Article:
Fellow first-round cornerbacks Carlos Rogers of Washington and Antrel Rolle of Arizona likewise figure to get on the field more. Rolle played the first three games of the season before missing the last nine because of a knee injury, but is expected to return to practice this week. The Cardinals gambled that Rolle might be able to make it back for the last month of the season, eschewed placing him on injured reserve for that reason, and could nudge the prized cover defender into the lineup for the final four games. Rogers, who has started four games, has interceptions in each of his last two outings, and the Redskins want to see more of him.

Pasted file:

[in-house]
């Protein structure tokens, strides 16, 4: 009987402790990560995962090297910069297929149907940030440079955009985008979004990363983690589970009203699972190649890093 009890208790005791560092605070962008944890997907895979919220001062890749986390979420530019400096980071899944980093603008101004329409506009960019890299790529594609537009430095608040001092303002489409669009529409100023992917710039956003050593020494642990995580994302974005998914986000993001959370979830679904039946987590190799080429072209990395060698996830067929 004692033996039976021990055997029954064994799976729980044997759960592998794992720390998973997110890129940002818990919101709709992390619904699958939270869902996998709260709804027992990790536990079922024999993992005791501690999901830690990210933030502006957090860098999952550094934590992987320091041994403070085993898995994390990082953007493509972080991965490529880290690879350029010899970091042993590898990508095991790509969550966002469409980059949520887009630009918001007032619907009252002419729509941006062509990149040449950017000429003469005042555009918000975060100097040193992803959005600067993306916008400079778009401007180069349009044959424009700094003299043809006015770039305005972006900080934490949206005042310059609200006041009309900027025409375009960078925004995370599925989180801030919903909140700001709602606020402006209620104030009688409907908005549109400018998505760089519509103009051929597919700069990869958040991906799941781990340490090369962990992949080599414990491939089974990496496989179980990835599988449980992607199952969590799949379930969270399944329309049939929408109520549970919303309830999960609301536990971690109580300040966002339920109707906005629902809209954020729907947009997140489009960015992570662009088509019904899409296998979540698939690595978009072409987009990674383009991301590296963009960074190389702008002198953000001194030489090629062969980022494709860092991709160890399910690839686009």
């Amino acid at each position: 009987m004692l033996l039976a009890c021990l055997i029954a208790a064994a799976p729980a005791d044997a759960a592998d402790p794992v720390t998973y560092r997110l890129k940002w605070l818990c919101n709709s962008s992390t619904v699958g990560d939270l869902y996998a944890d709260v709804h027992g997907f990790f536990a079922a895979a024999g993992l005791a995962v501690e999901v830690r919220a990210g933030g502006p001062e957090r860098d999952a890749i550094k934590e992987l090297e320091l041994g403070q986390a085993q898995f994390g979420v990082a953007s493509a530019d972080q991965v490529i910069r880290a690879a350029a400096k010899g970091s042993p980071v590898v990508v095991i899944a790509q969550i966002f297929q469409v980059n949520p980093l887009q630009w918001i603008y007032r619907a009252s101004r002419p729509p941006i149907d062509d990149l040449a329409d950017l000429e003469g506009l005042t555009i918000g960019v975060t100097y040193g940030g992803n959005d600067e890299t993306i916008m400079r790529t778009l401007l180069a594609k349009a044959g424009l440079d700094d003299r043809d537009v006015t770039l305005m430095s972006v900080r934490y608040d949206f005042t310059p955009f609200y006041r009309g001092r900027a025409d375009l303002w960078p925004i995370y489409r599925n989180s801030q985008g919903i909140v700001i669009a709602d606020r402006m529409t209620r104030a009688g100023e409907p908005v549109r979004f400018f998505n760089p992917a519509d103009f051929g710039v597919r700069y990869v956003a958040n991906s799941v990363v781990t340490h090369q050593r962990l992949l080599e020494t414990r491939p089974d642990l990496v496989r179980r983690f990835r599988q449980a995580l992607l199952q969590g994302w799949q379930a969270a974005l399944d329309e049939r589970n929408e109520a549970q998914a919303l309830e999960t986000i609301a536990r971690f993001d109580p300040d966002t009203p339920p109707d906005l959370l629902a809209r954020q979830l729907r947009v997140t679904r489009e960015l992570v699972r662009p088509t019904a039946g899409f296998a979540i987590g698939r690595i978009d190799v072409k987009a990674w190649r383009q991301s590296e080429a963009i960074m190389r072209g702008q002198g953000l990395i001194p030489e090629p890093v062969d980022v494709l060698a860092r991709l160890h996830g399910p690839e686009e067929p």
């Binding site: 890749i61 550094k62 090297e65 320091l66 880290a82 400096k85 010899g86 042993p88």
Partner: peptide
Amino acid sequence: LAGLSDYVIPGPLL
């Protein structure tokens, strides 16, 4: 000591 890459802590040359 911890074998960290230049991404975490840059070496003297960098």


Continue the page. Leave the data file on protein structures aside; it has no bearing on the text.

"There's a reason you invested [a first-round] choice in those guys," Cardinals coach Dennis Green said. "So you're always going to want the chance to evaluate your investment."
Here are a few other players, from the first round and beyond, who could earn increased playing time over the final month of the season:
• LB David Pollack, Cincinnati (first round): Projected as the strong-side starter when the Bengals grabbed him with the 17th overall choice in the draft, but a lengthy camp holdout cost him a shot at opening the season with the No. 1 defense. The fourth-leading sacker in SEC history, and a guy with a huge motor, Pollack has seen his playing time increased of late, especially in nickel situations, and has 2½ sacks. He had a big sack Sunday at Pittsburgh on the Steelers' final possession, with Cincinnati using just a three-man front.